For daily content and news on East Asian culture as well as info on our latest titles, follow us on Facebook, Twitter, Instagram, and Pinterest.
Written by Nikolas Bunton

Like our blog? Please share it!


Subscribe to the SBP Mailing List

New Releases

Amy’s Guide to Best Behavior in Japan

Going to Japan? This unfussy modern guide guarantees you keep it polite and get it right!

Easy and Fun Katakana

Learn the second key Japanese syllabary from every angle: reading, writing, and real-world examples.

Oh, Tama!

A deeply eccentric novel about lives and connections—and a cat of course—in 1980s Tokyo: witty, offbeat, and strangely profound.

The Fourth String

Two women. Two cultures. One music.

Tag Cloud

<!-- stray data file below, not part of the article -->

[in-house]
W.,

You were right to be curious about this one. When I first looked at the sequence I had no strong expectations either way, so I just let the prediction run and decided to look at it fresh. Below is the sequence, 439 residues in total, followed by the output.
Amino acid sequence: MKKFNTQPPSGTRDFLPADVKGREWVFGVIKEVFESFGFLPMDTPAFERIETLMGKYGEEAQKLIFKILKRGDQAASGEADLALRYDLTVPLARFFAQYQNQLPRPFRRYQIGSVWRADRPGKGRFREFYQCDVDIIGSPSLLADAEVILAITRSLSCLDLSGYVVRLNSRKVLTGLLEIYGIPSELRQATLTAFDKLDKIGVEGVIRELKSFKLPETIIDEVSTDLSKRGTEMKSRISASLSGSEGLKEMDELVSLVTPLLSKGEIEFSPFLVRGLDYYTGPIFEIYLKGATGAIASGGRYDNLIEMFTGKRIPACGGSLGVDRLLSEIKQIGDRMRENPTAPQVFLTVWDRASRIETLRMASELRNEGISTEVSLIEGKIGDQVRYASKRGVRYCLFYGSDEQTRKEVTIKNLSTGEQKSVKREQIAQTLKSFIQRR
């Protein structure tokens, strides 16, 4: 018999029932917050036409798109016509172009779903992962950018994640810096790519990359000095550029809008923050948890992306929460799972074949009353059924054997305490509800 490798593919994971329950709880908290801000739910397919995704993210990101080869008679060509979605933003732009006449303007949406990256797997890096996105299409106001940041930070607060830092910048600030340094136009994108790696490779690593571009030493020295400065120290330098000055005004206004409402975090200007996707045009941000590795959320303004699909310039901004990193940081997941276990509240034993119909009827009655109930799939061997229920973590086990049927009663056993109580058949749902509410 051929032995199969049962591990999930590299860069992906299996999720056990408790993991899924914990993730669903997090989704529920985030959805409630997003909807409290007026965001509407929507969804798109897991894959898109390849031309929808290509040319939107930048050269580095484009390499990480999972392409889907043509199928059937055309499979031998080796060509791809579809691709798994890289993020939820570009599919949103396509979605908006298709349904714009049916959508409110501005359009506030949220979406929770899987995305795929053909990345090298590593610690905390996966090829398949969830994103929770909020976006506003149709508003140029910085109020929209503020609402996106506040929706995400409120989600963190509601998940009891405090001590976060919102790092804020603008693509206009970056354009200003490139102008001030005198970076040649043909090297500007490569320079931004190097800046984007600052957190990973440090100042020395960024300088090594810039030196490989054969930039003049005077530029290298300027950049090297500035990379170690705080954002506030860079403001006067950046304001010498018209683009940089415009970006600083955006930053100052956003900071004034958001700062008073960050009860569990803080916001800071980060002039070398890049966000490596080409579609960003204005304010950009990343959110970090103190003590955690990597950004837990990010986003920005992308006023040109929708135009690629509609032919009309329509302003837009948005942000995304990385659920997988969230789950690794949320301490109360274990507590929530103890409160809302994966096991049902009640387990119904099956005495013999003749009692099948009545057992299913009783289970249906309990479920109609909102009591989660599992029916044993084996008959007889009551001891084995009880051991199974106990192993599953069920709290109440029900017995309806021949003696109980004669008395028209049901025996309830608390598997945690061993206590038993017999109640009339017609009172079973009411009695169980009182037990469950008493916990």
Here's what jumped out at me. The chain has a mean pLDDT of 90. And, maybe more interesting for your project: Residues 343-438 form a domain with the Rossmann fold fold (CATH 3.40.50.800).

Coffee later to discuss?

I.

japan vacation year of zen classic memoir janet pocrobba review Children's Literature zen monk in japan understandind china through comics book talk tricycle magazine Culture ibpa publishing university journal of a zen monk's wife american shamisen japan travel Christianity Chiune Sugihara new york gaijin pot author award manners why we write podcast japan memoir walt disney announcement anime Children's Books koto manga japanese customs japan book review 1960s Korea sensei and me jared cook otakuusa WWII bowing in japan japan books gratitude in japan william f sibley Spirituality japan book japanese etiquette Ukiyo-e Poetry japan etiquette pacific rim review of books buddhist japan today suicide monk amys guide to bes tbehavior in japan Chinese history expat juddhism min kahng VIZ will eisner benjamin franklin awards catcher in the rye Language tea garden huffpost michael emmerich Interview book award osaka book review shamisen performance nara literary review amys guide to best behavior in japan Alexandra Johnson 2020 Olympics 2019 the fourth string a memoir of sensei and me mark gibeau tea matcha Olympics religion new york events author event gaijinpot alan brill kansuke naka book japan behavior podcast japanese book amy chavez book signing stone bridge cafe danica davidson the japan times oh tama osamu tezuka visitor tomoko aoyama donald keene state of belief buddhist symbols reviews Shoah Asian Studies jun hazuki shamisen literature internment ancient symbol author tour manji foreword indies Year of the Dog wife foreigner in japan buddhist priest journal of a zen monk journal japan custom the asian review of books kyoto illustration Japanese literature frank beyer hippocampus magazine Chinese New Year journal' monks wife japan restaurant buddhist swastika interfaith books hitlers cross musical lesley university holden caufield hiroaki sato japanese zen photography brad hawley drinking in japan damian flanagan tracy franz seppuku peace japanese culture travel to japan lions roar awards forewrod reviews indies japanese drunk World War Two writing diymfa japanese instruments living in japan traditional Spring Festival event japanese people comic history center of east asian studies Tokyo Olympics washington dc guide haiku fred schodt Anime/Manga/Comics blurb japanese classic Chinese Astrology Coming of Age Day zen monk wife AAS eastern and western philosophy welton gaddy asia manga biography hate dazai shaimsen learning shamisen purification new release leonard koren ningen shikkaku The Colorado Review Translation Basho's Narrow Road astrology finalist hitler how to travel in japan publicity Chinese culture diary jing liu learning in japan kinokuniya event nazi japanese travel new books disney four immigrants japanese instrument frederik schodt japan food osamu dazai the hidden writer japan guide asian review of books zazen zen monk graphic novels stone bridge press Japanese aesthetics japan trip japanese books in english book hoarding swastika non-fiction kyodo news traditional japanese instrument best behavior in japan Japanese holidays japanese translation classic japanese literature benjamin franklin award traditional japanese instrumenet how to a shameful life PEN AWARD eating in japan nichi bei weekly, naomi hirarahara sensei my year of dirt and water polite Basho koun Travel fantasy literature japanese books diy mfa travel Japan Okinawan literature china history memoir writing the japan society ritual monk wife book publicity tk nakagaki the fourth string book reviews Christianity in Japan hooked cross a memoir holocaust black jack how to order in japan World War II tourist Nikolas Bunton takuma sminkey t.k. nakagaki henry kiyama yukio mishima comics gaijin Second World War publishing japanese craft pottery politics and prose student teacher a memoir of sensei and me foreword reviews japan culture the buddhist swastika the silver spoon paul mccarthy Korea photography bookstore literary prize a mejiro novel rachel manley japanese cutlure no longer human poetry of consciousness performance book tour suehiro maruo tokyo gallery awa green tea chinese comics memoir, tracy franz, zen monk, buddhist etiquette shun medoruma the millions IBPA History huffington post memior what do in japan giajin evil dark horse alan moore haibun UCLA 1960's Japan author signing buddhism university of chicago astro boy behavior journal of a zen monks wife in japan mieko kanai book reading Japanese art Japan monks wife book blurb Korea world literature today japanese music in the woods of memory janet pocorobba ex pat literature Art/Design ancient symbols China verticle japanese bath